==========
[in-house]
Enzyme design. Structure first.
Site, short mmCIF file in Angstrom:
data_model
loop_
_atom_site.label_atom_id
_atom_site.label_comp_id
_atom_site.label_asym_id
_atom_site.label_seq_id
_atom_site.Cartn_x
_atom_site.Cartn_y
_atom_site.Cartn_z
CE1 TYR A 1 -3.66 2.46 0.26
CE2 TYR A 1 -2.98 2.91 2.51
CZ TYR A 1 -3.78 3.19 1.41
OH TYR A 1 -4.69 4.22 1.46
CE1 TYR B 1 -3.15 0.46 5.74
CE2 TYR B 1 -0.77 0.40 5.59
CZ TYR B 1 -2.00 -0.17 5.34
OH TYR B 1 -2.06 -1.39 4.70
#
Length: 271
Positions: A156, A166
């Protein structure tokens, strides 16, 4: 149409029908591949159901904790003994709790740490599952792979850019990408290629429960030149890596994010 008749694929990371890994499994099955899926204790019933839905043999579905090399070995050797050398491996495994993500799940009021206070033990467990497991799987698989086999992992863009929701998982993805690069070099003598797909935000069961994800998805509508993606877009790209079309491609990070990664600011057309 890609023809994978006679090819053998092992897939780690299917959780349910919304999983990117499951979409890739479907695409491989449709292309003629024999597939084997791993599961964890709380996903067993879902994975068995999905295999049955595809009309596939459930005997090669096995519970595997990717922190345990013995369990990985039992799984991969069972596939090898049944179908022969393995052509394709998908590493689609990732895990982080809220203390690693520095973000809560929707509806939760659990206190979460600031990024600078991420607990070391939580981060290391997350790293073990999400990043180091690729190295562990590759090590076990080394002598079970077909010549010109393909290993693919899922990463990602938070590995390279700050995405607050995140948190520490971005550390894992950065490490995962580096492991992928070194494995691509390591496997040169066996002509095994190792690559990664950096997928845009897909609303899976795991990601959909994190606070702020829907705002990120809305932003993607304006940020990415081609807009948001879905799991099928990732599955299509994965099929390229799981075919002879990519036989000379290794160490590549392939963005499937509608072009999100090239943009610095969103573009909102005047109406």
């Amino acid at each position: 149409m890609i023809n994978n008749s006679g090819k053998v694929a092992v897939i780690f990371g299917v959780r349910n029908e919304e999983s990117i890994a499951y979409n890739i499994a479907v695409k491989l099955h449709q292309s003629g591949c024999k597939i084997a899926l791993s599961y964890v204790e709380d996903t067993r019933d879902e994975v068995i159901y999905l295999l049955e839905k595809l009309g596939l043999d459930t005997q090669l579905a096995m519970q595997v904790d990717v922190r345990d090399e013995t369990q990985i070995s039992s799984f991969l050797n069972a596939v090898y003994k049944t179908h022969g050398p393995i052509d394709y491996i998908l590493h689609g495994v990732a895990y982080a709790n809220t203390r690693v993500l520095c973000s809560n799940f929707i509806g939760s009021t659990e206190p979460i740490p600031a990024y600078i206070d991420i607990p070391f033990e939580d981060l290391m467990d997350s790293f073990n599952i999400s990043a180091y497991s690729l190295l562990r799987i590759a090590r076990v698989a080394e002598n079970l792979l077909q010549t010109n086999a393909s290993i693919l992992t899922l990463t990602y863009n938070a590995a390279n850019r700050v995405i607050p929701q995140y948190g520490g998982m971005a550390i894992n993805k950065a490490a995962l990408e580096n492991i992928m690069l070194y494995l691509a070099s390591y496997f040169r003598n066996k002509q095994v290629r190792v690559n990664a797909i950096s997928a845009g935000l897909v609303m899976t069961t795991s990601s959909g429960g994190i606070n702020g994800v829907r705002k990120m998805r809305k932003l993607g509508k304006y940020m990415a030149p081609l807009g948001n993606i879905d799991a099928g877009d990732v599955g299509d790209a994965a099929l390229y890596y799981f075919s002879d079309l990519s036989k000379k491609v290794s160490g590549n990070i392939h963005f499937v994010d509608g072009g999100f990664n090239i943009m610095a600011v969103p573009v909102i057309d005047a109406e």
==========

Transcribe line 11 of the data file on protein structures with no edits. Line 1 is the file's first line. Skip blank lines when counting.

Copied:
_atom_site.Cartn_y